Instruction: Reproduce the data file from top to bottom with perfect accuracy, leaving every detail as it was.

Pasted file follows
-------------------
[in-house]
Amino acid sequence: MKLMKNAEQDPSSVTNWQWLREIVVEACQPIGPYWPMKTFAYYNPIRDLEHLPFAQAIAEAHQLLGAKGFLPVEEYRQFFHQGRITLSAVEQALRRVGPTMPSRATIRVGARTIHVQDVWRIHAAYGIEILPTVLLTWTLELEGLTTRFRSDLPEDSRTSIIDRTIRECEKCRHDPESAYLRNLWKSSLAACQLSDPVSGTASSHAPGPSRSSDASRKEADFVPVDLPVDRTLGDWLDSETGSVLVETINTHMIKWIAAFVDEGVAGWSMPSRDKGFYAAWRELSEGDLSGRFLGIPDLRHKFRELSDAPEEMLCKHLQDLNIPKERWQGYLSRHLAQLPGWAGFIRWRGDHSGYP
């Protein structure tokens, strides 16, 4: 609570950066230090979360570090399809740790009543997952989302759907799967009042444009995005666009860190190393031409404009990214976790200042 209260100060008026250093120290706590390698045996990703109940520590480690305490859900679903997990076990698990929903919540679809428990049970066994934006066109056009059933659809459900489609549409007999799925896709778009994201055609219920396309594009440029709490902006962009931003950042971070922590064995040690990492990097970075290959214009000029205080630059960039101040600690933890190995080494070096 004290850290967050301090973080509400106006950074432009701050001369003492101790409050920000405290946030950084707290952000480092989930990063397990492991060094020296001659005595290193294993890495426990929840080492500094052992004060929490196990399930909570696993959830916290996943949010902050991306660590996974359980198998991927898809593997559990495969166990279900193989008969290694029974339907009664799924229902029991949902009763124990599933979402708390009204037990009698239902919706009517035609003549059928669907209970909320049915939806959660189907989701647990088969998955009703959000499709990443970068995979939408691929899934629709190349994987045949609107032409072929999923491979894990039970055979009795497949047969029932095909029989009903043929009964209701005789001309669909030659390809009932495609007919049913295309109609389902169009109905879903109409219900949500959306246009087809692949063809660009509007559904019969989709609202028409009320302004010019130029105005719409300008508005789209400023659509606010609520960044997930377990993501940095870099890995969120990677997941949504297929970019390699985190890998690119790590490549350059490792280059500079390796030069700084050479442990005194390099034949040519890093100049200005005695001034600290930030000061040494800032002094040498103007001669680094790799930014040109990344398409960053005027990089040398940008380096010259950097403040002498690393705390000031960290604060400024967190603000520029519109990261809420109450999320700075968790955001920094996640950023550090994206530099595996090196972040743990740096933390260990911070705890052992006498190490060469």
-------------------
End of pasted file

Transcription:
[in-house]
Amino acid sequence: MKLMKNAEQDPSSVTNWQWLREIVVEACQPIGPYWPMKTFAYYNPIRDLEHLPFAQAIAEAHQLLGAKGFLPVEEYRQFFHQGRITLSAVEQALRRVGPTMPSRATIRVGARTIHVQDVWRIHAAYGIEILPTVLLTWTLELEGLTTRFRSDLPEDSRTSIIDRTIRECEKCRHDPESAYLRNLWKSSLAACQLSDPVSGTASSHAPGPSRSSDASRKEADFVPVDLPVDRTLGDWLDSETGSVLVETINTHMIKWIAAFVDEGVAGWSMPSRDKGFYAAWRELSEGDLSGRFLGIPDLRHKFRELSDAPEEMLCKHLQDLNIPKERWQGYLSRHLAQLPGWAGFIRWRGDHSGYP
């Protein structure tokens, strides 16, 4: 609570950066230090979360570090399809740790009543997952989302759907799967009042444009995005666009860190190393031409404009990214976790200042 209260100060008026250093120290706590390698045996990703109940520590480690305490859900679903997990076990698990929903919540679809428990049970066994934006066109056009059933659809459900489609549409007999799925896709778009994201055609219920396309594009440029709490902006962009931003950042971070922590064995040690990492990097970075290959214009000029205080630059960039101040600690933890190995080494070096 004290850290967050301090973080509400106006950074432009701050001369003492101790409050920000405290946030950084707290952000480092989930990063397990492991060094020296001659005595290193294993890495426990929840080492500094052992004060929490196990399930909570696993959830916290996943949010902050991306660590996974359980198998991927898809593997559990495969166990279900193989008969290694029974339907009664799924229902029991949902009763124990599933979402708390009204037990009698239902919706009517035609003549059928669907209970909320049915939806959660189907989701647990088969998955009703959000499709990443970068995979939408691929899934629709190349994987045949609107032409072929999923491979894990039970055979009795497949047969029932095909029989009903043929009964209701005789001309669909030659390809009932495609007919049913295309109609389902169009109905879903109409219900949500959306246009087809692949063809660009509007559904019969989709609202028409009320302004010019130029105005719409300008508005789209400023659509606010609520960044997930377990993501940095870099890995969120990677997941949504297929970019390699985190890998690119790590490549350059490792280059500079390796030069700084050479442990005194390099034949040519890093100049200005005695001034600290930030000061040494800032002094040498103007001669680094790799930014040109990344398409960053005027990089040398940008380096010259950097403040002498690393705390000031960290604060400024967190603000520029519109990261809420109450999320700075968790955001920094996640950023550090994206530099595996090196972040743990740096933390260990911070705890052992006498190490060469």